E5.5 embryos were labeled at their distal tip using the carbocyanine dye, CellTracker CM-DiI (DiI, Molecular Probes, Inc., Eugene, OR) as described by Thomas et al. (1998), except that DiI was dissolved in glycofurol (Sigma) as described by Denetclaw et al. (1997) and injection was performed using 0.25-1 second pressure pulses from a Picospritzer (General Valve Corporation, Fairfield, NJ). Labeled embryos were cultured in Dulbecco’s medium (DMEM) supplemented with 50% heat-inactivated, immediately centrifuged rat serum (Harlan, Indianapolis, IN) for ≤24 hours as described by Lawson et al. (1991), except that embryos were incubated in four-well plates (Nunc) containing 0.5 ml total medium under paraffin oil. Fluorescence was assessed at ≤E6.5, counting total time in utero and in culture.

MmGFP mRNA provides an enduring peri-implantation lineage tracer for visceral endoderm

To address the issue of whether the polarity of the embryo before implantation relates to the polarity of the postimplantation conceptus, we used a novel method involving injection of mRNA encoding the cell lineage marker, MmGFP. We used this marker to follow lineages of VE cells because of the role of this tissue in determining the axial organisation of the mouse embryo. We considered cells of the ICM adjacent to the blastocyst cavity of the 3.5- to 3.75-day-old embryo (E3.5-3.75) to be the most likely precursors for the VE and injected these cells with MmGFP mRNA to trace their fates. Approximately one half (53%, 491/923) of the injected embryos became distinctly labelled in one or two cells located in the ICM within 1 hour of incubation at 37°C.

GFP-positive blastocysts were transferred to the uteri of foster mothers and allowed to develop, in the first series of experiments, until early primitive streak stages (E6.5-E6.75) and, in a second series of experiments, until preprimitive streak stages (E5.5-5.75). Recovered embryos were optically sectioned by confocal microscopy to reveal the distribution and number of GFP-positive descendants of the labelled progenitor cells. In these two series, we obtained 58 (24%) positive embryos from 241 recovered after transfer to the uteri of foster mothers who became pregnant. In 13/58 embryos (22%), labelled cells were observed in the epiblast. The epiblast descendants were invariably distributed in a salt and pepper pattern (Fig. 1), with little or no coherent clonal growth, consistent with previous findings (Beddington et al., 1989; Lawson et al., 1991; Gardner and Cockroft, 1998). Because of this extensive cell mixing, descendants of ICM within the epiblast were uninformative about any axial relationship between blastocyst and gastrula stages. None of the positive embryos were labelled in trophectoderm. In a few embryos (3/58), marked cells were observed only in the parietal endoderm. However, in the majority of cases (42/58, 72%), the GFP-positive cells were located in the VE as extensive clones with a distribution that was non-random and therefore informative of the relationship between blastocyst and postimplantation polarity.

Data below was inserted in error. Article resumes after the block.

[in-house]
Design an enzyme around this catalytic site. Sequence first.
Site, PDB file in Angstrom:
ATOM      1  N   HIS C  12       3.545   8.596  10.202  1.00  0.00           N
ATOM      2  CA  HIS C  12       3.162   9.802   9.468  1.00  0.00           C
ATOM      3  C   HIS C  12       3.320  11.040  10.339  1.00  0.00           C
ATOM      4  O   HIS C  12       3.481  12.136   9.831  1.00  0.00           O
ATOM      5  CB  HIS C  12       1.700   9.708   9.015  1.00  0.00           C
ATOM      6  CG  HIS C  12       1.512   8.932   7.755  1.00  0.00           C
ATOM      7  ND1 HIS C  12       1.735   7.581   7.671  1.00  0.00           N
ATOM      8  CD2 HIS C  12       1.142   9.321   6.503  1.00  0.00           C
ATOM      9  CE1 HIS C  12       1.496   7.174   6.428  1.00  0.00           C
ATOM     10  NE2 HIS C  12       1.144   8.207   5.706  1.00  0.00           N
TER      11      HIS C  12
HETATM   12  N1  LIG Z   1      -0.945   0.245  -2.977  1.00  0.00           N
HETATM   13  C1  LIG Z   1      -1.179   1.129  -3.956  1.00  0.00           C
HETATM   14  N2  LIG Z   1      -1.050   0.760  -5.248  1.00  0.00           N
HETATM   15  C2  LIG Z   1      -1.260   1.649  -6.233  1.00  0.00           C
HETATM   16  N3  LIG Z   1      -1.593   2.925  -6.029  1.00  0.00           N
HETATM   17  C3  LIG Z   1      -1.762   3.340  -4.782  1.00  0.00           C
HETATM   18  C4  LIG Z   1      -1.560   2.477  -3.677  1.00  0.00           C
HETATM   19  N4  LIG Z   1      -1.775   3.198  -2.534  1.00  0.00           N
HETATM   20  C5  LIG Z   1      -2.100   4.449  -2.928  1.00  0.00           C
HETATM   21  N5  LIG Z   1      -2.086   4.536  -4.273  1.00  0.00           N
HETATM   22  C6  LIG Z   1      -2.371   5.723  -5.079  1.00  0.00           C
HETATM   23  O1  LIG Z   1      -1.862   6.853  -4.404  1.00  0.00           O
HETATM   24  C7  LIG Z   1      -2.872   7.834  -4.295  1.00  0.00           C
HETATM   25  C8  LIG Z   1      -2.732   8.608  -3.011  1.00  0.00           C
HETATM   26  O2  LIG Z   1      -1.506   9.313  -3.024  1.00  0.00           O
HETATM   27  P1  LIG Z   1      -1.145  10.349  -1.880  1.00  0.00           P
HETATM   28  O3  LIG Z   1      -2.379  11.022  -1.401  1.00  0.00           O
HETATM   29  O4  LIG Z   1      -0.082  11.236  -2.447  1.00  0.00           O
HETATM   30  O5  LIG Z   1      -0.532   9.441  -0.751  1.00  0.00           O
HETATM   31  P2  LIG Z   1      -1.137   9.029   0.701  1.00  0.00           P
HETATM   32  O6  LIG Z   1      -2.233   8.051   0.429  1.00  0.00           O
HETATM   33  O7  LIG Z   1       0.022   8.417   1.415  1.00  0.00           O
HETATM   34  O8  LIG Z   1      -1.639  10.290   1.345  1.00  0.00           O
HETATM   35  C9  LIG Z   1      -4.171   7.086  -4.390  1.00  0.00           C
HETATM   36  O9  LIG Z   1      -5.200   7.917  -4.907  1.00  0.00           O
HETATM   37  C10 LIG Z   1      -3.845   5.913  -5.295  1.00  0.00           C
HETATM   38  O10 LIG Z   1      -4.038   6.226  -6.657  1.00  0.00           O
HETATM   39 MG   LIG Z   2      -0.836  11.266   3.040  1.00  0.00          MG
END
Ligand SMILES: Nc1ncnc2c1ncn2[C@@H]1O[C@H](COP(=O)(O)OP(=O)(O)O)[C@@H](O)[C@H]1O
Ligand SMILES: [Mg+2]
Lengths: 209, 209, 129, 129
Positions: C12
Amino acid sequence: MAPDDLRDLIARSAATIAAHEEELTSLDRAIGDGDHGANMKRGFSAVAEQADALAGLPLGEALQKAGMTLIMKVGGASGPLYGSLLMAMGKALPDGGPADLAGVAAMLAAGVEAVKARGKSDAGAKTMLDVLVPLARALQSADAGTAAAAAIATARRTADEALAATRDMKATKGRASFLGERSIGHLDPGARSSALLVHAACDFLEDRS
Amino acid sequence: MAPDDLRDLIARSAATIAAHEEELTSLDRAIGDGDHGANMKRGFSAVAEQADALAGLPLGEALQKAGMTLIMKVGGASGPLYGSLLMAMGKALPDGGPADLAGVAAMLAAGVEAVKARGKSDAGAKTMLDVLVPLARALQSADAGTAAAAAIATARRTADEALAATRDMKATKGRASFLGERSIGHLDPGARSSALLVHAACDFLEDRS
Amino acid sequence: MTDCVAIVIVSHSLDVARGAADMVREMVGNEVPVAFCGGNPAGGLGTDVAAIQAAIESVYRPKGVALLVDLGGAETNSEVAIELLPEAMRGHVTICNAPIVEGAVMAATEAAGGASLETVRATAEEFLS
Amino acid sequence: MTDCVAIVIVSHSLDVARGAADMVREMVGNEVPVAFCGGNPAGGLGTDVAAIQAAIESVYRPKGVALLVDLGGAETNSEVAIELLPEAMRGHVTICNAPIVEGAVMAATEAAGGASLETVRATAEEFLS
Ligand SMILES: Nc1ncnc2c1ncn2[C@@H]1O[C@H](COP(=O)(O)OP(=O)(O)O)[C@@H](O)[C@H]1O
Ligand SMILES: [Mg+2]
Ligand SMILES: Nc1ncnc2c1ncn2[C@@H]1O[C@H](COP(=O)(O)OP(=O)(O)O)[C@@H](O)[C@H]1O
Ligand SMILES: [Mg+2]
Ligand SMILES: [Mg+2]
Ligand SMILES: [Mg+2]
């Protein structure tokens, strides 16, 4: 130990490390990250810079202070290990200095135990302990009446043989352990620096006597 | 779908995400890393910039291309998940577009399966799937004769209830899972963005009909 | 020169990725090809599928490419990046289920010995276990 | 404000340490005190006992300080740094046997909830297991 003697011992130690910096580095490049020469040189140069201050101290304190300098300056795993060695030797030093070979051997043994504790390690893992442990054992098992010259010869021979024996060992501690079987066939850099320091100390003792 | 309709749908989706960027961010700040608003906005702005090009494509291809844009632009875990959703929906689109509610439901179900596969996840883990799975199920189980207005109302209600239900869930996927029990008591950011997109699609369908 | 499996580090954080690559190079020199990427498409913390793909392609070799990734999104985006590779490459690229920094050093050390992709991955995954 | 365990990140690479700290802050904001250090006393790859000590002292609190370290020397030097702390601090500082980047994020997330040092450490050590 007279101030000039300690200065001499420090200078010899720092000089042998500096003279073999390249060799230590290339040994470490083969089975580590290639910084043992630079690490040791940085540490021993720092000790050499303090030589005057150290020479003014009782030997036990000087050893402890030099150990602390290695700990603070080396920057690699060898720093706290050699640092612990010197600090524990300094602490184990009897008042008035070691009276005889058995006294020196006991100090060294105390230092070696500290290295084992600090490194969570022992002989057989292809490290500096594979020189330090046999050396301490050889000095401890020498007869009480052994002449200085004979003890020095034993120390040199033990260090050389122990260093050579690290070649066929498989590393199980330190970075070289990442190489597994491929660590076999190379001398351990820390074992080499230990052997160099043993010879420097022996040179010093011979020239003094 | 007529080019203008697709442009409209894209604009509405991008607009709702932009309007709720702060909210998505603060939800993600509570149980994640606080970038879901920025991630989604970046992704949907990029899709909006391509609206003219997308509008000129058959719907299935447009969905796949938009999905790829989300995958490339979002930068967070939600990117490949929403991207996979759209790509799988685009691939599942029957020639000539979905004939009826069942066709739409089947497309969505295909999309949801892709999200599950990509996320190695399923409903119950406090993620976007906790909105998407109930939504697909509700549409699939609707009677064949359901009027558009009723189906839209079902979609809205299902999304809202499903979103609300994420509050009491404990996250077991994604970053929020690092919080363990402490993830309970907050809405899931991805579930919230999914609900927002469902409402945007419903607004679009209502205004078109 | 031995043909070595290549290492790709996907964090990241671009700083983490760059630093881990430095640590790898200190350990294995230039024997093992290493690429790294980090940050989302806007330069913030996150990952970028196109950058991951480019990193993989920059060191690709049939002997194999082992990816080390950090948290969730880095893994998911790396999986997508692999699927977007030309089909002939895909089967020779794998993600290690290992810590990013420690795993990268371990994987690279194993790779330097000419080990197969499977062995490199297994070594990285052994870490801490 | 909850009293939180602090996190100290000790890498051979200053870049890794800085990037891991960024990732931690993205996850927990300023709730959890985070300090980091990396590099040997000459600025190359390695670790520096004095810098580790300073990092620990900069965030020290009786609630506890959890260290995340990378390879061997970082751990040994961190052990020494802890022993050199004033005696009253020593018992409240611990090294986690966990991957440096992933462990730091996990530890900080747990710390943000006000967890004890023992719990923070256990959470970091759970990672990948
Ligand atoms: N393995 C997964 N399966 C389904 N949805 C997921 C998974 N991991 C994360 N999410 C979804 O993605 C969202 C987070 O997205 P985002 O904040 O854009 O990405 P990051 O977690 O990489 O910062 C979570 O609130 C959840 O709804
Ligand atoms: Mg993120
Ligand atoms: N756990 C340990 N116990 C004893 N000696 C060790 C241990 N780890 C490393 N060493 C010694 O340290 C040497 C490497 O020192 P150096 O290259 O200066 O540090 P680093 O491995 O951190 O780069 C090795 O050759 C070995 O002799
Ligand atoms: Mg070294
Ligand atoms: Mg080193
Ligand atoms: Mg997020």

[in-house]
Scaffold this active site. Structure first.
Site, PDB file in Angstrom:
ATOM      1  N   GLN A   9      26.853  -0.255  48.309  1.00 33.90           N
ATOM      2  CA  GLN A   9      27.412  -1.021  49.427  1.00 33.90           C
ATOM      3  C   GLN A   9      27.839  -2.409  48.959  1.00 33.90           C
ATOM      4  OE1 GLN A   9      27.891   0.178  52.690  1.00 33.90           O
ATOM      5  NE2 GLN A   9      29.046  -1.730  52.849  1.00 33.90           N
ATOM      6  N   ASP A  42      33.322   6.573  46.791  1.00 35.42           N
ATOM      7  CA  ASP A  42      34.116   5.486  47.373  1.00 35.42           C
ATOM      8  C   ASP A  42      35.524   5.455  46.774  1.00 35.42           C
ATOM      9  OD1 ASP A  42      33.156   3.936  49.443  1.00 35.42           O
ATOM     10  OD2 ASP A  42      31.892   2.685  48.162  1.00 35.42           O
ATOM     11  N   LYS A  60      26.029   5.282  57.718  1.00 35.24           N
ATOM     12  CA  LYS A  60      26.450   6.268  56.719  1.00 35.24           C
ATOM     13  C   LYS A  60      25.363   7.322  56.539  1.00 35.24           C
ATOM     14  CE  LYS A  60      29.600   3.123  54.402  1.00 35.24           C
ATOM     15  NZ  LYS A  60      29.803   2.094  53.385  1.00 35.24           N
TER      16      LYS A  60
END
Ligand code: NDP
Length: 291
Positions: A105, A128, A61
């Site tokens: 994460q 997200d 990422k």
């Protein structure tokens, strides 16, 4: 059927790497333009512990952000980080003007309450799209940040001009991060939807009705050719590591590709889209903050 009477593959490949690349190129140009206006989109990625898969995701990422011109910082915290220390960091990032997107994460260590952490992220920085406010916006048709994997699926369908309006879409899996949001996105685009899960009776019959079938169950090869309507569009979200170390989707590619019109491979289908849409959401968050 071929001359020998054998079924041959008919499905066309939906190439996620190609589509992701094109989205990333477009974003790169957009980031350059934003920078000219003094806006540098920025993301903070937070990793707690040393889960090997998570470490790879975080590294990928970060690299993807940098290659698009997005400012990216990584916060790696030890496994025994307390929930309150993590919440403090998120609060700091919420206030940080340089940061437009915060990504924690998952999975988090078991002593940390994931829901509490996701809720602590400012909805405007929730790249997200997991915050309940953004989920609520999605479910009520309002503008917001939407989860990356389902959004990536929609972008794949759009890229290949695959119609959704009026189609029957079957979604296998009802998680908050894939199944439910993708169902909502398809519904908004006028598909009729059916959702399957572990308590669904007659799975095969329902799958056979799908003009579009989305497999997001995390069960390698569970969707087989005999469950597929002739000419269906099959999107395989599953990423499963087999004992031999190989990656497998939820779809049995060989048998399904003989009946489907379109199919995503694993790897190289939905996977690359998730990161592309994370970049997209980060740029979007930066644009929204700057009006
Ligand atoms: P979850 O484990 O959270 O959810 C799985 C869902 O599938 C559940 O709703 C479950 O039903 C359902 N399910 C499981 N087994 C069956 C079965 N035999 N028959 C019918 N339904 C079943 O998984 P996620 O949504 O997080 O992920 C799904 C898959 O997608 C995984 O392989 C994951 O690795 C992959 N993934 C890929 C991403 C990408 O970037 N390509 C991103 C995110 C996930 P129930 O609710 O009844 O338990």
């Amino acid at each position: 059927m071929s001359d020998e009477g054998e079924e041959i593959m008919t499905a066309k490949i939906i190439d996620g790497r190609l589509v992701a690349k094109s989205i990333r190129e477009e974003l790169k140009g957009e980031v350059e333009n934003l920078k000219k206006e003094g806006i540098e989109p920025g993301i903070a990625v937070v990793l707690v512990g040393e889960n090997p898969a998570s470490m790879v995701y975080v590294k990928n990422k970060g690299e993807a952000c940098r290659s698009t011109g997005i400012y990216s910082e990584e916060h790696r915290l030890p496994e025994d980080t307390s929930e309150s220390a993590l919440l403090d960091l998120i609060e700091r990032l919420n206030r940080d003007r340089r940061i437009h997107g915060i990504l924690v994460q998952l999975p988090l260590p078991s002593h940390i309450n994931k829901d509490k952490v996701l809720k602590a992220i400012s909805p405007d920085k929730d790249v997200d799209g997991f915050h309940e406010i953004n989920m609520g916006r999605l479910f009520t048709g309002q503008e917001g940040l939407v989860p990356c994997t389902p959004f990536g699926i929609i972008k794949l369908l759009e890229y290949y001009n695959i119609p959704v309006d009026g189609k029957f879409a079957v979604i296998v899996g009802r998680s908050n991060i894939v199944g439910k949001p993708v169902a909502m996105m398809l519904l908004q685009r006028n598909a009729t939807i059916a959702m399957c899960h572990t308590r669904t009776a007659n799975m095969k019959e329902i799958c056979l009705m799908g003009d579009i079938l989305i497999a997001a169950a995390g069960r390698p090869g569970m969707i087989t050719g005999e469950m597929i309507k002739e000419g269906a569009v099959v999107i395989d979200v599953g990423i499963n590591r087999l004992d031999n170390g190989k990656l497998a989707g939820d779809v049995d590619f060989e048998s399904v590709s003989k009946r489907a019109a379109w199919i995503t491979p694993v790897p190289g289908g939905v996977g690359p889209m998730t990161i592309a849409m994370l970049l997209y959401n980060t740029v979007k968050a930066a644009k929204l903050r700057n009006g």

Fig. 1.

Confocal image (combined fluorescence and transmitted light) showing the epiblast descendants of a single ICM cell injected with MmGFP RNA. Note the salt and pepper distribution of MmGFP-labelled cells (green) in the distal (embryonic, lower) portion of the egg cylinder.

Fig. 1.

Confocal image (combined fluorescence and transmitted light) showing the epiblast descendants of a single ICM cell injected with MmGFP RNA. Note the salt and pepper distribution of MmGFP-labelled cells (green) in the distal (embryonic, lower) portion of the egg cylinder.

Blastocyst polarity predicts polarity of the egg cylinder